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2.5.1 ASCII Code:

The most widely used alphanumeric encoding system, the American Standard Code for Information Interchange (ASCII), is operated in most microcomputers and minicomputers, and multiple mainframes. The ASCII code (pronounced “asked”) is a 7-bit code, and so it has 27 = 128 probable code sets.

This is more than enough to describe all of the standard keyboard characters as well as management roles such as the (RETURN) and (LINEFEED) functions. Table 2.5 shows a partial listing of the ASCII code. In addition to the binary code set for each symbol, the table shows the octal and hexadecimal equivalents.

Table 2.5 Partial Listing of ASCII Code

Character7-Bit ASCIIDecimalOctalHex
A100 0016510141
B100 00106610242
C100 00116710343
D100 01006810444
E100 01016910545
F100 01107010646
G100 01117110747
H100 10007210848
I100 10017310949
J100 1010741104A
K100 1011751114B
L100 1100761124C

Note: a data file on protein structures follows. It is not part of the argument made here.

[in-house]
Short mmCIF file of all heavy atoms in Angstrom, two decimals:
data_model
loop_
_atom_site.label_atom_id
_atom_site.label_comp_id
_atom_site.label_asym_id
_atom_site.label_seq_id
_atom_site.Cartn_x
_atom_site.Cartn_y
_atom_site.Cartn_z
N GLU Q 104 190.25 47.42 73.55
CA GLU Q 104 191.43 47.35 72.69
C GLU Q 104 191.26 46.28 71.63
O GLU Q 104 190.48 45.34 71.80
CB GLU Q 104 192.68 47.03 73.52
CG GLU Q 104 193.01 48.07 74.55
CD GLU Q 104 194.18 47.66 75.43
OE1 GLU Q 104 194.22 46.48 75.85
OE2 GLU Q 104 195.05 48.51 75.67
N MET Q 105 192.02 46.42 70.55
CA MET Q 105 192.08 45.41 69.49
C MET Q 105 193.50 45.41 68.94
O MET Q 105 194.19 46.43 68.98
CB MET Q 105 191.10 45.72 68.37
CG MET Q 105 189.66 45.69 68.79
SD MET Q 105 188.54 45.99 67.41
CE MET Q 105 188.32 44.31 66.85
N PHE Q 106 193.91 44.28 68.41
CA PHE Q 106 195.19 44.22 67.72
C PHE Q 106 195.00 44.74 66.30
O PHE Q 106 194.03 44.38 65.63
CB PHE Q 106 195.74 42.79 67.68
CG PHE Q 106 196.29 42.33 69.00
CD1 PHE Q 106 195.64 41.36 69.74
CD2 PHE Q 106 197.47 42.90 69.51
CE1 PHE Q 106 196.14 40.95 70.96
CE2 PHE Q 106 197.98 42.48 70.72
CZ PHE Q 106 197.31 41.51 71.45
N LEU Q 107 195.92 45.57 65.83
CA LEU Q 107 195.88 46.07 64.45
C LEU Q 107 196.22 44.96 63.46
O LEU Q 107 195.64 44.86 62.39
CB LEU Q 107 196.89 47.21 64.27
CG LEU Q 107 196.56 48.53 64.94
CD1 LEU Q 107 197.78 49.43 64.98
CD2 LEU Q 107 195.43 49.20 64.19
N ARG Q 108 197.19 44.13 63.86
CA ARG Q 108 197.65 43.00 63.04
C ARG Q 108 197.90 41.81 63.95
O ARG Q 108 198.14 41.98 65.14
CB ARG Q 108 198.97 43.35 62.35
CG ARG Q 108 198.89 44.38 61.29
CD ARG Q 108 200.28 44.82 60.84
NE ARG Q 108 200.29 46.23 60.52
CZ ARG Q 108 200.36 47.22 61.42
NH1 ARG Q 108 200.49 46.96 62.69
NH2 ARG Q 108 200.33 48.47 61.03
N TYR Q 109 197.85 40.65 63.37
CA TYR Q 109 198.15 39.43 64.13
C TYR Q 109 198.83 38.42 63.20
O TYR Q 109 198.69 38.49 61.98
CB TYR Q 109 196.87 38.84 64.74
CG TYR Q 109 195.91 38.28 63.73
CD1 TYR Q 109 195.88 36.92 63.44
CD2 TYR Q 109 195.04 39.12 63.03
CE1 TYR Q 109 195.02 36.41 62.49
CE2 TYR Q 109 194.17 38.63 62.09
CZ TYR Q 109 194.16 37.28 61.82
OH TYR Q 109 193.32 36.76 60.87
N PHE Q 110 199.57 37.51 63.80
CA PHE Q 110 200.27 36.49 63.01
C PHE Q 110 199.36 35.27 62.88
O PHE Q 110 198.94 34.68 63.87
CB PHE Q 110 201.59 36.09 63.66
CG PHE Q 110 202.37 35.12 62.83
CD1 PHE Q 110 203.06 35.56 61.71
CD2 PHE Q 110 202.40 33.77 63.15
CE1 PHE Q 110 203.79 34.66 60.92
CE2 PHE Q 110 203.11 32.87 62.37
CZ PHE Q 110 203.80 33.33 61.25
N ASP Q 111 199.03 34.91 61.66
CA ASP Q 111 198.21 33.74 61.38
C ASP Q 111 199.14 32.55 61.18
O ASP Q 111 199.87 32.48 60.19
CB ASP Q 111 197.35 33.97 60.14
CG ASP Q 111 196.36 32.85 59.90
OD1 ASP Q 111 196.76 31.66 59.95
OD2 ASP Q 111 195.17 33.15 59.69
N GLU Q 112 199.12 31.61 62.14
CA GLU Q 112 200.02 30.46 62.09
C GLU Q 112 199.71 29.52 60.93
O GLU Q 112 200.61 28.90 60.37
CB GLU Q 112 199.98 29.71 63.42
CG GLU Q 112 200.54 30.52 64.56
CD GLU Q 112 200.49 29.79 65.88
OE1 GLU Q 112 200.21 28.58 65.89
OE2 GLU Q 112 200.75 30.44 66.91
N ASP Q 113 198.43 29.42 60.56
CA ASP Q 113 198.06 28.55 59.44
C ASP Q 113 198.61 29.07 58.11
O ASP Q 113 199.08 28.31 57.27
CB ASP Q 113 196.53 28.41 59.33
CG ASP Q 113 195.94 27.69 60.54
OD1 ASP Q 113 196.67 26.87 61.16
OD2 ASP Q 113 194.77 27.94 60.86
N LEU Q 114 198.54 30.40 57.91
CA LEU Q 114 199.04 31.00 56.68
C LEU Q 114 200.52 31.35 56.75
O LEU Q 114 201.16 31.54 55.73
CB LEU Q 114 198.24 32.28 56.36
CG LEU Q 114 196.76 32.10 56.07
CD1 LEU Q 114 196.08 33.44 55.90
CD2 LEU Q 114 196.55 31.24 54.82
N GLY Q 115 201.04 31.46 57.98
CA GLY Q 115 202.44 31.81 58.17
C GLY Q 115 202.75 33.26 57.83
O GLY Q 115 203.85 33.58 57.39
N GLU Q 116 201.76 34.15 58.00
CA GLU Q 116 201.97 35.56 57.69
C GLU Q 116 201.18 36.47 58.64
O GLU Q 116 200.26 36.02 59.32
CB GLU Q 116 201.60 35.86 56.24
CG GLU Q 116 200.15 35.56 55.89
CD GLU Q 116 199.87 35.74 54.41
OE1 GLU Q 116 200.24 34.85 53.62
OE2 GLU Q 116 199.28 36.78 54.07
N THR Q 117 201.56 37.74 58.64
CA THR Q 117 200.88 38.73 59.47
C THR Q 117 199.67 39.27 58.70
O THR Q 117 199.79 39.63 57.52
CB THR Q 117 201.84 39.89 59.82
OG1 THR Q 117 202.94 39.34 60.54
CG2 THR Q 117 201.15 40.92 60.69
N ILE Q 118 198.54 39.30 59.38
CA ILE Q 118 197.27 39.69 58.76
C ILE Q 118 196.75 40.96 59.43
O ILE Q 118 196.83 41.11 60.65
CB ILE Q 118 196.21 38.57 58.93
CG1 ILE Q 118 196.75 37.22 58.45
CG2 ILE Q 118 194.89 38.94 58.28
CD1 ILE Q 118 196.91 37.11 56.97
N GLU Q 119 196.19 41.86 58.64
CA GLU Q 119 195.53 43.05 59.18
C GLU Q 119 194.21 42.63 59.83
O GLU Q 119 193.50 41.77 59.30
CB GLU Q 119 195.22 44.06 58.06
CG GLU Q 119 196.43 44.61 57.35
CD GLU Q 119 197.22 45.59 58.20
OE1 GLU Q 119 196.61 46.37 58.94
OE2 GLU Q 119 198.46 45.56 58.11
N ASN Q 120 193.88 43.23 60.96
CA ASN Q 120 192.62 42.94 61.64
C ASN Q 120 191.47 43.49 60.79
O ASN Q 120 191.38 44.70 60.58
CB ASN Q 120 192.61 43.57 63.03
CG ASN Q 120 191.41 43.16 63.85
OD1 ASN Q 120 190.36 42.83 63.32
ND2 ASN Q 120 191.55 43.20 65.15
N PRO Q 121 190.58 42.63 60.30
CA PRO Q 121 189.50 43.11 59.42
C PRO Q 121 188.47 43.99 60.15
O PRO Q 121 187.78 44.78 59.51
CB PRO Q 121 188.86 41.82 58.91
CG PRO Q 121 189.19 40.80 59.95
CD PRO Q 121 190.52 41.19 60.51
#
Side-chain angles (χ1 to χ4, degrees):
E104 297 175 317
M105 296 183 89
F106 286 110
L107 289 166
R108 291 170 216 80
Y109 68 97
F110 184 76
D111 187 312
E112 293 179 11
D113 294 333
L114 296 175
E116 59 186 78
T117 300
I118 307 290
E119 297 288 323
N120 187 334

M100 1101771134D
N100 1110781144E
O100 1111791154F
P101 00008011650
Q101 00018111751
R101 00108211852
S101 00118311953
T101 01008412054
U101 01018512155
V101 01108612256
W101 00118712357
X101 10008812458
Y101 10018912559
Z101 1010901265A
0011 00009112730
1011 00019212831
2011 00109312932
3011 00119413033
4011 01009513134
5011 01019613235
6011 01109713336
7011 01119813437
8011 10009913538
9011 100110013639
blank010 10003204020
.010 1110460562E
(110 10004005028
+010 1011430532B
$010 01003604424
*010 1010420522A
)010 10014105129
010 1101450552D
/010 1111470572F
,010 1100390542C
=011 1101610753D
(RETURN)000 1101130150D
(LINEFEED)000 1010100120A
Table 2.5
EXAMPLE SOLUTION 13 :

The following is a notice encoded in ASCII code. What is the notice?

10010001000101100110010100000